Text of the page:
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CAFA Law Blog Information, cases and insights regarding the Class Action Fairness Act of 2005

Class Action Lawsuits & Litigation Funding after the Class Action Fairness Act of 2005

Posted in Resources

The CAFA Law Blog is delighted to bring to you today  a post authored by Earl G. Boyle, a chief legal analyst for Counsel Financial, regarding litigation funding.

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In an effort to reduce forum shopping and to curb class action lawsuit abuse, in 2005 Congress enacted The Class Action Fairness Act ("the Act"). The Act expanded federal diversity jurisdiction for certain class actions in excess of $5M where there is not complete diversity. The Act also required federal courts to review class action settlements with greater scrutiny.

Prior to the Act, plaintiffs’ attorneys could "forum shop," by seeking out friendly courts with track records of favorable rulings and settle cases inconsistently from one state to another. Since its inception, the Act has helped move major class action lawsuits from state to federal courts.

According to researchers at the Federal Judicial Center, since the enactment of the Act in 2005, there has been an  increase in original class action lawsuit filings in federal court. Consumer class action lawsuits based on diversity have increased in federal courts, but adequate litigation funding continues to remain a paramount concern for the attorneys involved.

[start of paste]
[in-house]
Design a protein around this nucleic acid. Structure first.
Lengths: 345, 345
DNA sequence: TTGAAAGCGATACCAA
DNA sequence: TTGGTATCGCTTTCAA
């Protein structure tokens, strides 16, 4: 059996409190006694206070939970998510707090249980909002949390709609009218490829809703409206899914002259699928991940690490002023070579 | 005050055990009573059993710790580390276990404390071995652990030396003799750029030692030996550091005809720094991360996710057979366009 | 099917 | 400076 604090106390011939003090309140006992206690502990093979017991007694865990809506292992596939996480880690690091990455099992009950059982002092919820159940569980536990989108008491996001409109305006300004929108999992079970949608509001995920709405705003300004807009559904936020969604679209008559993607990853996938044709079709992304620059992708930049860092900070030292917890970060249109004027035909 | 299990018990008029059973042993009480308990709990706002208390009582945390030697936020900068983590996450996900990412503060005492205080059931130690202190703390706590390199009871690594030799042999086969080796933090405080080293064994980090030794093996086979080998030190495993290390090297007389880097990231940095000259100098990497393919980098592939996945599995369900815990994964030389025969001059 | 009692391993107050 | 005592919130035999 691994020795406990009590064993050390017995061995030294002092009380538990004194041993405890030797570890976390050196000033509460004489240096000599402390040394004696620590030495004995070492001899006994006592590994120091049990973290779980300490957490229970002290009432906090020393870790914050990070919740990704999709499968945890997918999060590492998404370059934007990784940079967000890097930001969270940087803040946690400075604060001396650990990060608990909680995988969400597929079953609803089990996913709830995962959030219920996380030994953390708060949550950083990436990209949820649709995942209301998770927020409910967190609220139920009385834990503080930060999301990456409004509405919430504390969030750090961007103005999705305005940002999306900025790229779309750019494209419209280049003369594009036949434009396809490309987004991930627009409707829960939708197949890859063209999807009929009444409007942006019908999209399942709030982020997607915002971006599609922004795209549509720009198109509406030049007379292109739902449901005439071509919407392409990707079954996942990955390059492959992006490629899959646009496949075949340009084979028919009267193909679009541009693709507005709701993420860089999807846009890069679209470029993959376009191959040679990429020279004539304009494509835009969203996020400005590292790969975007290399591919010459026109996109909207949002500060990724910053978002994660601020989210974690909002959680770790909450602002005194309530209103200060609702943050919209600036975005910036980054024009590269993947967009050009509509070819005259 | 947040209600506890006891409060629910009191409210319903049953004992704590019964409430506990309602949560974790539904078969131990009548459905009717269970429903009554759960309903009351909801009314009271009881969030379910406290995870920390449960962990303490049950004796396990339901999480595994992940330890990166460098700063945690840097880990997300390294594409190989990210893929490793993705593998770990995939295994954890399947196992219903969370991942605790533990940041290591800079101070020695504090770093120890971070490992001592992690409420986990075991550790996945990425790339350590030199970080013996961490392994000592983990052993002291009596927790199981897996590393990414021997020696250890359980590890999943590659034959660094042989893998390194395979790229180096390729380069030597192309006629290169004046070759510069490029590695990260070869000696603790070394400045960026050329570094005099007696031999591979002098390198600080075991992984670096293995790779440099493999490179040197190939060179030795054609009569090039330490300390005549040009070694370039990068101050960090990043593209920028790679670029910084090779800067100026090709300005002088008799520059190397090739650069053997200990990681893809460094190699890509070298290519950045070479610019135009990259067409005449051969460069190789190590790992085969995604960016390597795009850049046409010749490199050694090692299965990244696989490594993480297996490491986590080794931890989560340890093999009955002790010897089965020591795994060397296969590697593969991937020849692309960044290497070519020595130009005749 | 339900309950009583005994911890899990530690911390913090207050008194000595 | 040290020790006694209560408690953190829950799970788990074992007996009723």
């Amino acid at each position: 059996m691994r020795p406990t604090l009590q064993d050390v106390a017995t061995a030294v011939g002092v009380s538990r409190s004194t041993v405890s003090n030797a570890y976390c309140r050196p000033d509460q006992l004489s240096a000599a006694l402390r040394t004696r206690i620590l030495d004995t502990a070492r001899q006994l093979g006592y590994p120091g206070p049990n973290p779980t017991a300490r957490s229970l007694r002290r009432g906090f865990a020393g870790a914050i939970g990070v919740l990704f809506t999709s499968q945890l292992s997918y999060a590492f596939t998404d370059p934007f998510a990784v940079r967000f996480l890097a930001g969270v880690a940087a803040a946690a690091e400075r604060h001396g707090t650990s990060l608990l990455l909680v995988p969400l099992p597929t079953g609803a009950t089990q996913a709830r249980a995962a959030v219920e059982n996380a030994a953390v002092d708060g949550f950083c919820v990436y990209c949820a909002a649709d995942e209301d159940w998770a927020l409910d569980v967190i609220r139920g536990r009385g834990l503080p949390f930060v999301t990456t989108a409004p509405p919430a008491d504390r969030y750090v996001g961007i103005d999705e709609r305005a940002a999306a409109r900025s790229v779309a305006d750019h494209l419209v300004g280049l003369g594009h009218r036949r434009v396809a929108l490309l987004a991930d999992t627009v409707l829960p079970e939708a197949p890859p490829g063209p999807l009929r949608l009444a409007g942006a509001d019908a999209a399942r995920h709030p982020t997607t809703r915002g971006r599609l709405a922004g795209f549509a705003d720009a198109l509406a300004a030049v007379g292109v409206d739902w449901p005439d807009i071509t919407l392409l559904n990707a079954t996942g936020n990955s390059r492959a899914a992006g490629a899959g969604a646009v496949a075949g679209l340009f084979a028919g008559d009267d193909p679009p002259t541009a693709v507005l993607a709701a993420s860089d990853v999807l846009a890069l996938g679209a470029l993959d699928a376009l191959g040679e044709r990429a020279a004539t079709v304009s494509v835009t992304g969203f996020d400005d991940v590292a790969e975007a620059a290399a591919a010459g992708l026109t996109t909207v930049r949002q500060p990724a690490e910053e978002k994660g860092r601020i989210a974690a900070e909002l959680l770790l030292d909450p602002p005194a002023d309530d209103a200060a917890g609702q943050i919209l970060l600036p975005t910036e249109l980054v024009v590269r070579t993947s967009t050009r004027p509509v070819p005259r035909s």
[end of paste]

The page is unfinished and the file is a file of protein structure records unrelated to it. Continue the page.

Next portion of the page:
Class action lawsuits are often complex and time-intensive. It is common for class action lawsuits to take years before they reach settlement or are resolved in the courtroom. Although the journey can be long and expensive, plaintiffs’ attorneys must be prepared for the cost of fighting for their clients.

As the legal landscape continues to evolve, many attorneys are finding traditional methods of litigation funding may not be enough. Self-funded attorneys often lack the resources to survive lengthy litigation that can span years before any funds are recouped. Even after settlement, administrative costs can be extremely expensive. Attorneys who finance through banks are learning that traditional lending may no longer be the best choice for their profession, or in the best interest of their clients.

When a client is depending on an attorney to fight for their interest, inadequate funding for the representing law firm is something that cannot be risked. For many of these attorneys, a line of credit is the smartest alternative. As consumer class actions continue to be filed with increasing numbers in the federal forum, attorneys representing harmed plaintiffs who are wise to the challenges of litigating class action lawsuits are better preparing themselves for the costs that lie ahead.

Earl G. Boyle, Esq., General Counsel — has over 20 years experience as an attorney. Mr. Boyle currently serves as a chief legal analyst for Counsel Financial, conducting legal due diligence on the case portfolios of existing clients and applicants. Mr. Boyle was admitted to the New York State Bar in 1992 and received his Juris Doctor degree from Syracuse University College of Law. He is currently a member of the New York State Bar Association.